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Reader's Digest expects over 40 per cent growth in revenue this year

15-February-2005
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Reader's Digest expects over 40 per cent growth in revenue this year

Reader's Digest, which has recently released its 50th anniversary edition, expects to deliver over 40 per cent revenue growth this year. Ajay Shukla, Publishing Director, Reader's Digest, said, "This year has been our strongest year till date. We expect to deliver over 40 per cent revenue growth against last year. There is a growth in paid subscriptions as well as substantial improvements in the market share of advertising revenues. We hope to continue this growth in the coming years." The growing stature of this magazine is well enumerated by the fact that the list of advertisers is ever increasing and so are the ad spends. Its list of new clients, include Toyota, Gillette, Indian Rayon, Apollo Tyres, HP, Tata Indicom, Nicholas Piramal, Westside and VLCC.

"The 50th Anniversary Issue is a collectors issue with the finest articles that have appeared in the last 50 years of the magazine's edition in India. The articles were chosen by not only the Indian editors but Digest editors from around the world. The result we believe is a volume that is a treasure trove. The special issue contain double doses of our most popular departments like 'Laughter, the Best Medicine' and 'Quotable Quotes' as also our book section that had two condensed books instead of the usual one. The issue carries a special message from President of India Dr A P J Abdul Kalam, who is a regular reader for the past 50 years. In fact, the first copy of the Anniversary Issue was presented to the President at Rashtrapati Bhawan," said Shukla.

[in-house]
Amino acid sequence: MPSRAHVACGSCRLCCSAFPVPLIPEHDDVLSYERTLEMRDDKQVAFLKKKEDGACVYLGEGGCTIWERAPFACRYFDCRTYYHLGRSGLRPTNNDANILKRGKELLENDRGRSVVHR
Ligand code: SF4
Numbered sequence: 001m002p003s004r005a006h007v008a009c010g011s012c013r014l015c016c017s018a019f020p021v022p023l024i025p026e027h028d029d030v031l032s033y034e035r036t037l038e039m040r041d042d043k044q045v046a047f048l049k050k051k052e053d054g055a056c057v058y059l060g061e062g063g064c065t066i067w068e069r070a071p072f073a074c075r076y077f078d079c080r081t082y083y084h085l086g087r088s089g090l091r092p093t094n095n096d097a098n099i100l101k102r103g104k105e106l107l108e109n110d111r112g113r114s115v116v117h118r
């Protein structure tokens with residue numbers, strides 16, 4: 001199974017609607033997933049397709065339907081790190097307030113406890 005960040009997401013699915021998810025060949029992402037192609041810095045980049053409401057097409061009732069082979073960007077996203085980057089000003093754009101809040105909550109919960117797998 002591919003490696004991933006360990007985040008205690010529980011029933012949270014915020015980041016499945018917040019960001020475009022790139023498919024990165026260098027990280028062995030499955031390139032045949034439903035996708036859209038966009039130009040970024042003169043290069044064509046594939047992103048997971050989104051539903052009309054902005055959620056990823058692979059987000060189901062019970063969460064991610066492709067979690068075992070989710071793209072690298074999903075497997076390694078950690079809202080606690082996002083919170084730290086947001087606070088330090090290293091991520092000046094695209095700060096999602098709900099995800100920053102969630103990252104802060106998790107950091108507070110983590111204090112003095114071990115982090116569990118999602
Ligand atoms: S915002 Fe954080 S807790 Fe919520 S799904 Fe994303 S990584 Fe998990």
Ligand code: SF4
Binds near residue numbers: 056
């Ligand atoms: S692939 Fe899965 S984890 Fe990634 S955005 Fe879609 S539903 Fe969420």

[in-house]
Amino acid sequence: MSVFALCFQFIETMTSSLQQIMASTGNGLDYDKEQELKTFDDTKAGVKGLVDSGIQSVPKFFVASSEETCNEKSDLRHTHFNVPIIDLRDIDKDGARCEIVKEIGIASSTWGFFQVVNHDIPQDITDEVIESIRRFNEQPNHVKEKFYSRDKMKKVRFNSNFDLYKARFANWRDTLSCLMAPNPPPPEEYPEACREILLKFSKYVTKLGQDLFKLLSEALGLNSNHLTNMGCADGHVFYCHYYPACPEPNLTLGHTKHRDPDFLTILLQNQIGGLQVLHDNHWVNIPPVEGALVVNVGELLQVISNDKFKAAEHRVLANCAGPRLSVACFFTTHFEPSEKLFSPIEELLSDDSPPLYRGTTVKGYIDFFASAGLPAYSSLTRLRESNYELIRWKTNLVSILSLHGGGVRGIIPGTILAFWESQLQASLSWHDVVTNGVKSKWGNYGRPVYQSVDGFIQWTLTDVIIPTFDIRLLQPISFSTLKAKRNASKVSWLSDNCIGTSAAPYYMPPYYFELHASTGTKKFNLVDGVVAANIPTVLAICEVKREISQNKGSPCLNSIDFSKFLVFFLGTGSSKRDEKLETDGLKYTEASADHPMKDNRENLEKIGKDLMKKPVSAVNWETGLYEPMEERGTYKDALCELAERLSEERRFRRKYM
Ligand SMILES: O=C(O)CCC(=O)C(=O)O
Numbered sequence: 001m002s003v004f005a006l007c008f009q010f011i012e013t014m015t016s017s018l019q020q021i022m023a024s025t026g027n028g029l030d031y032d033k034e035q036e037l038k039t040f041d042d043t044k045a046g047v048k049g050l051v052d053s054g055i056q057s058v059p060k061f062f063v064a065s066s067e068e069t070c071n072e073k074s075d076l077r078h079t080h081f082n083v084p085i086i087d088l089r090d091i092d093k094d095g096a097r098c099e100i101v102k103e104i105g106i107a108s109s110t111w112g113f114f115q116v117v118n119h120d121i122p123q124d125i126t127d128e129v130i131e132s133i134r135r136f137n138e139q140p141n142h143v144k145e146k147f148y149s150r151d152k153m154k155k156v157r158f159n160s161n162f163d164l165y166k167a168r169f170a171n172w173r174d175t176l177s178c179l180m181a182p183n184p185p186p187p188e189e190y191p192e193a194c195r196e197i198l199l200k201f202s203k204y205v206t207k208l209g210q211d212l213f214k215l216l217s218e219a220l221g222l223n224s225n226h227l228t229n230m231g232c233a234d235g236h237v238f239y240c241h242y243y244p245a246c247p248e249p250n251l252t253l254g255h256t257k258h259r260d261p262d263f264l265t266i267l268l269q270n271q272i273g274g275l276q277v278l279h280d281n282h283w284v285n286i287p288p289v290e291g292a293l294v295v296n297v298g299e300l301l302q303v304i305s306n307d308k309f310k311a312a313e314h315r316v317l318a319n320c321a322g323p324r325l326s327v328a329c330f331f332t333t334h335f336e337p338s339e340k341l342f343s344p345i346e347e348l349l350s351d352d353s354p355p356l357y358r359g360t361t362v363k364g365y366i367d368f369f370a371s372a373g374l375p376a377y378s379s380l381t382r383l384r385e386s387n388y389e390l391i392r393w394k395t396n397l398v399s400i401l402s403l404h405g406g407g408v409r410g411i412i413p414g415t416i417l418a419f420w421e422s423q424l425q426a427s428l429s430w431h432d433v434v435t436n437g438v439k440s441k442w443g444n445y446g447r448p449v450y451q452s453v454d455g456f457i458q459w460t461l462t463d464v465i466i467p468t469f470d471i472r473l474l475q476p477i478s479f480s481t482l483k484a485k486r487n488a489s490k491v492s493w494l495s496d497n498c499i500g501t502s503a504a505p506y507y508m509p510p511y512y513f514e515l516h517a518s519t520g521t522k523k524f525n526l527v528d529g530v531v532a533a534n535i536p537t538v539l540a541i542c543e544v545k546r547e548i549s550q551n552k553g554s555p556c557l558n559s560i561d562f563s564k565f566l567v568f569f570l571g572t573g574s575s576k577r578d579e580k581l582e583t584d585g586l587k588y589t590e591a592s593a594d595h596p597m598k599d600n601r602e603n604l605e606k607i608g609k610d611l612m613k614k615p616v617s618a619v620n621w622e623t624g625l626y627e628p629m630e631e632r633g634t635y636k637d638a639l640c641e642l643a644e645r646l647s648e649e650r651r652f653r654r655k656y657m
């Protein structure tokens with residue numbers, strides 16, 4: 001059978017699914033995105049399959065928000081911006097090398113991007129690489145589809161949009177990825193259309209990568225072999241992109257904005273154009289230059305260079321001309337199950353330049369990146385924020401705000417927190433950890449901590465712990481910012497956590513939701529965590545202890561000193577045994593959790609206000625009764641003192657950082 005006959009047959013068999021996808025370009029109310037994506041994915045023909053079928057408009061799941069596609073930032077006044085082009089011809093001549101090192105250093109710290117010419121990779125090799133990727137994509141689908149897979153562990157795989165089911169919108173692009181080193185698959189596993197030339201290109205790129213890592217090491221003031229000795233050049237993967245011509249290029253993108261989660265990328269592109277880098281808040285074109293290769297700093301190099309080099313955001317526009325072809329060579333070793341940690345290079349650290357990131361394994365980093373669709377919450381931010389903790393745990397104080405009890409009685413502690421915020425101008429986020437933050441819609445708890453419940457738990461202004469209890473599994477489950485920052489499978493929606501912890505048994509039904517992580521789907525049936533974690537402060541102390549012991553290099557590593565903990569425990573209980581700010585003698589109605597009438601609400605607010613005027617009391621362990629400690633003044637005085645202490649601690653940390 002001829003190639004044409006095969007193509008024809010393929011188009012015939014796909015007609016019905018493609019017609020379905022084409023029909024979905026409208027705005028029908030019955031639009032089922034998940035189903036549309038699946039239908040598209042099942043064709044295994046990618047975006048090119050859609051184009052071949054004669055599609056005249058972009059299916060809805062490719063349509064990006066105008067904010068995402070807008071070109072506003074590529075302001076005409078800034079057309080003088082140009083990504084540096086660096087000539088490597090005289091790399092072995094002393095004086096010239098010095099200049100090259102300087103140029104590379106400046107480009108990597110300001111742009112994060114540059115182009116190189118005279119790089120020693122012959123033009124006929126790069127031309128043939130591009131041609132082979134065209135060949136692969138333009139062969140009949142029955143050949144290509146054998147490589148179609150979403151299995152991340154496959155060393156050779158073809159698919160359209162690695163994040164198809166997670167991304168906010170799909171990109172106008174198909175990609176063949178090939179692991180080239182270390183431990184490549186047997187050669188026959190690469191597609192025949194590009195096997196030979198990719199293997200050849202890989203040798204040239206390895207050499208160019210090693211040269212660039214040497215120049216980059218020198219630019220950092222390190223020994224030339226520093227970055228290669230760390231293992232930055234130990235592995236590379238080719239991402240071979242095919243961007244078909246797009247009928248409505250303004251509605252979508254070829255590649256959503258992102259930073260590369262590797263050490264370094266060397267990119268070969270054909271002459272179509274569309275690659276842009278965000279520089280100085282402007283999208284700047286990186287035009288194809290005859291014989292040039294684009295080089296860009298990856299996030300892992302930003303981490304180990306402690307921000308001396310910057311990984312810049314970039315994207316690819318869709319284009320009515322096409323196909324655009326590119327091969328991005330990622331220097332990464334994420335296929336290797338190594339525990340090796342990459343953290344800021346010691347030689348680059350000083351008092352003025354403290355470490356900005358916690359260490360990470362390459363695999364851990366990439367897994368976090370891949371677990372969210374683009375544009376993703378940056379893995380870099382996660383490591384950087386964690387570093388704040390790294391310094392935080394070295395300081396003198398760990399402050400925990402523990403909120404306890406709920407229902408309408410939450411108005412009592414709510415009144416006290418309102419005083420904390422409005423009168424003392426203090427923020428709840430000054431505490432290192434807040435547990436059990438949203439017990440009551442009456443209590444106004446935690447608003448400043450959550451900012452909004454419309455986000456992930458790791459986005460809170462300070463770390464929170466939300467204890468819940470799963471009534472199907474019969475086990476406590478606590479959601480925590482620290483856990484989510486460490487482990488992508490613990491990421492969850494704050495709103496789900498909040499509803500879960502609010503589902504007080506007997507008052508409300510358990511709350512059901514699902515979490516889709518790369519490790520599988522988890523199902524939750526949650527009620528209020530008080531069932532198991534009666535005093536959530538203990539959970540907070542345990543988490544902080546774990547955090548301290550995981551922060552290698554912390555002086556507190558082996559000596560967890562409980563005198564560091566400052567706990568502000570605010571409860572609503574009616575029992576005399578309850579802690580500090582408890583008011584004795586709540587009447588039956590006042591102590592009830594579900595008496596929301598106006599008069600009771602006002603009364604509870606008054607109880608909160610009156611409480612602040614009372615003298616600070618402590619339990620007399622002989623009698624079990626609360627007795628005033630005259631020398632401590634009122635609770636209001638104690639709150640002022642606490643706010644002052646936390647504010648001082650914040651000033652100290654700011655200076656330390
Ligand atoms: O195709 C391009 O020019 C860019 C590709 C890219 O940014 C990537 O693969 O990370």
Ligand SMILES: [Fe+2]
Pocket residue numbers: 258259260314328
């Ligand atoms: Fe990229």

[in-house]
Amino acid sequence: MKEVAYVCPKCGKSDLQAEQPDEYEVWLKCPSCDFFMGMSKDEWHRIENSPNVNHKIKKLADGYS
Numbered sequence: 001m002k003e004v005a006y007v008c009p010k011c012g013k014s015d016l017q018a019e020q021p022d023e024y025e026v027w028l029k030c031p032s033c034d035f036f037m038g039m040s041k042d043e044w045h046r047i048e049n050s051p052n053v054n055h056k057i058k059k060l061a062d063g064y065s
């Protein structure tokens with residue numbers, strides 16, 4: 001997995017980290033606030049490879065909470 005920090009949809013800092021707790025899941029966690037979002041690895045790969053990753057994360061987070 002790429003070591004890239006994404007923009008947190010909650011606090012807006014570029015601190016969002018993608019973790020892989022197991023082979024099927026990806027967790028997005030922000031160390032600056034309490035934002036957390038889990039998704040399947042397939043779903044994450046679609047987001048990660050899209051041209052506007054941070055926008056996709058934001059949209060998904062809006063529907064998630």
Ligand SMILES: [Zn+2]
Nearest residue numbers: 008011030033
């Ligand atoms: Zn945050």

How far has Reader's Digest come from the days of its inception? Shukla said, "Reader's Digest's evolution is an extraordinary story of keeping true to its essence yet changing with the times. Its first issue was published by Dewitt and Lila Acheson Wallace in February 1922. They believed that a magazine with articles of enduring appeal condensed and focusing on essentials would be attractive to readers. This winning formula remains the essence of The Digest even till today. Recently there have been a number of very successful changes in the magazine. The most visible one was in May 1998 when the magazine appeared with a totally new look. The table of contents became more detailed and moved into the magazine. And illustrations became larger and more dramatic. The cover design became visually more attractive with lead-ins to key articles. Altogether the magazine became more interesting to the eye and easier to navigate."

He added, "A number of editorial innovations have also been introduced. In "Have your say" we publish letters from readers. In a new section called RD Living we run short interesting and useful items on subjects like Health, Home, Technology, Money, Food etc. In fact, in a just a short time RD Living has become quite a favourite with readers. And we have candid interviews with celebrities."

What is the strongest point for a magazine like the Reader's Digest? Shukla said, "Much of Digest content is timeless. 'Articles of enduring significance' is the phrase our founder DeWitt Wallace used as he searched for content. This is achieved by our magazine's focus on the power of the individual. We constantly show that man's greatest ideas and accomplishments, his often stunning faith, courage and hope, can be seen in the conduct of ordinary men and women. Being a monthly, we can't be a newsmagazine, but that also gives us an advantage. We can patiently take readers behind the headlines to the cause and meaning of world events; of developments in technology and medicine; provide smart tips on health or finance or family ties."

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